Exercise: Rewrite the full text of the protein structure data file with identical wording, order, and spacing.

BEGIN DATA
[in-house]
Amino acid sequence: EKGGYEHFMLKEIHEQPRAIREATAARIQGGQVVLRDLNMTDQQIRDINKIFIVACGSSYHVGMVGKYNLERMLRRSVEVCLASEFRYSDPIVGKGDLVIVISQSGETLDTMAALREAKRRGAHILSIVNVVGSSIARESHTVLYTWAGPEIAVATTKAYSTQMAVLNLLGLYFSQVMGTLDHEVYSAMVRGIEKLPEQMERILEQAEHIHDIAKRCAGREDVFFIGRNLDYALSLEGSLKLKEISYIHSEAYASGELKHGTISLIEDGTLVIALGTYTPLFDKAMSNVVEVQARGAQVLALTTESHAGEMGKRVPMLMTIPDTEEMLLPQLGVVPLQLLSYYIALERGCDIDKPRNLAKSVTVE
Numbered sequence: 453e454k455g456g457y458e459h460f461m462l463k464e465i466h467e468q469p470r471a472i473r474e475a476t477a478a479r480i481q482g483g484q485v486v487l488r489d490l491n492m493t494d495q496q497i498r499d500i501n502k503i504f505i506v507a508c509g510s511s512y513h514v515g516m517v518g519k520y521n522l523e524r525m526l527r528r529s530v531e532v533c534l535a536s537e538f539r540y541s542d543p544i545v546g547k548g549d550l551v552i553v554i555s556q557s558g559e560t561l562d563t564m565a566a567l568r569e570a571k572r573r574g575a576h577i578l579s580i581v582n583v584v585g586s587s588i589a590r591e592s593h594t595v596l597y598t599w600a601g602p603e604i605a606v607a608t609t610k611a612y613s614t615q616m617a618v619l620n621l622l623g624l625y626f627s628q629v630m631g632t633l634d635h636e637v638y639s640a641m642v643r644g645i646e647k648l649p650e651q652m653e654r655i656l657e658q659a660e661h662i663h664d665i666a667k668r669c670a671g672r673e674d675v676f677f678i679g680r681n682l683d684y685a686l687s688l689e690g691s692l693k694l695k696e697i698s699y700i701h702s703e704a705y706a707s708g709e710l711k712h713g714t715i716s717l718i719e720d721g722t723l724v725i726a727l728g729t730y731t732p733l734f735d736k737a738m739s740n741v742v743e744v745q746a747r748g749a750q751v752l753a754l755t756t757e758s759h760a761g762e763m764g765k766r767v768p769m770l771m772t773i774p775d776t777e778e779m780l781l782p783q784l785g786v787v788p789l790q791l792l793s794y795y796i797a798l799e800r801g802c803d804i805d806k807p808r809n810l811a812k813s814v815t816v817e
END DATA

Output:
[in-house]
Amino acid sequence: EKGGYEHFMLKEIHEQPRAIREATAARIQGGQVVLRDLNMTDQQIRDINKIFIVACGSSYHVGMVGKYNLERMLRRSVEVCLASEFRYSDPIVGKGDLVIVISQSGETLDTMAALREAKRRGAHILSIVNVVGSSIARESHTVLYTWAGPEIAVATTKAYSTQMAVLNLLGLYFSQVMGTLDHEVYSAMVRGIEKLPEQMERILEQAEHIHDIAKRCAGREDVFFIGRNLDYALSLEGSLKLKEISYIHSEAYASGELKHGTISLIEDGTLVIALGTYTPLFDKAMSNVVEVQARGAQVLALTTESHAGEMGKRVPMLMTIPDTEEMLLPQLGVVPLQLLSYYIALERGCDIDKPRNLAKSVTVE
Numbered sequence: 453e454k455g456g457y458e459h460f461m462l463k464e465i466h467e468q469p470r471a472i473r474e475a476t477a478a479r480i481q482g483g484q485v486v487l488r489d490l491n492m493t494d495q496q497i498r499d500i501n502k503i504f505i506v507a508c509g510s511s512y513h514v515g516m517v518g519k520y521n522l523e524r525m526l527r528r529s530v531e532v533c534l535a536s537e538f539r540y541s542d543p544i545v546g547k548g549d550l551v552i553v554i555s556q557s558g559e560t561l562d563t564m565a566a567l568r569e570a571k572r573r574g575a576h577i578l579s580i581v582n583v584v585g586s587s588i589a590r591e592s593h594t595v596l597y598t599w600a601g602p603e604i605a606v607a608t609t610k611a612y613s614t615q616m617a618v619l620n621l622l623g624l625y626f627s628q629v630m631g632t633l634d635h636e637v638y639s640a641m642v643r644g645i646e647k648l649p650e651q652m653e654r655i656l657e658q659a660e661h662i663h664d665i666a667k668r669c670a671g672r673e674d675v676f677f678i679g680r681n682l683d684y685a686l687s688l689e690g691s692l693k694l695k696e697i698s699y700i701h702s703e704a705y706a707s708g709e710l711k712h713g714t715i716s717l718i719e720d721g722t723l724v725i726a727l728g729t730y731t732p733l734f735d736k737a738m739s740n741v742v743e744v745q746a747r748g749a750q751v752l753a754l755t756t757e758s759h760a761g762e763m764g765k766r767v768p769m770l771m772t773i774p775d776t777e778e779m780l781l782p783q784l785g786v787v788p789l790q791l792l793s794y795y796i797a798l799e800r801g802c803d804i805d806k807p808r809n810l811a812k813s814v815t816v817e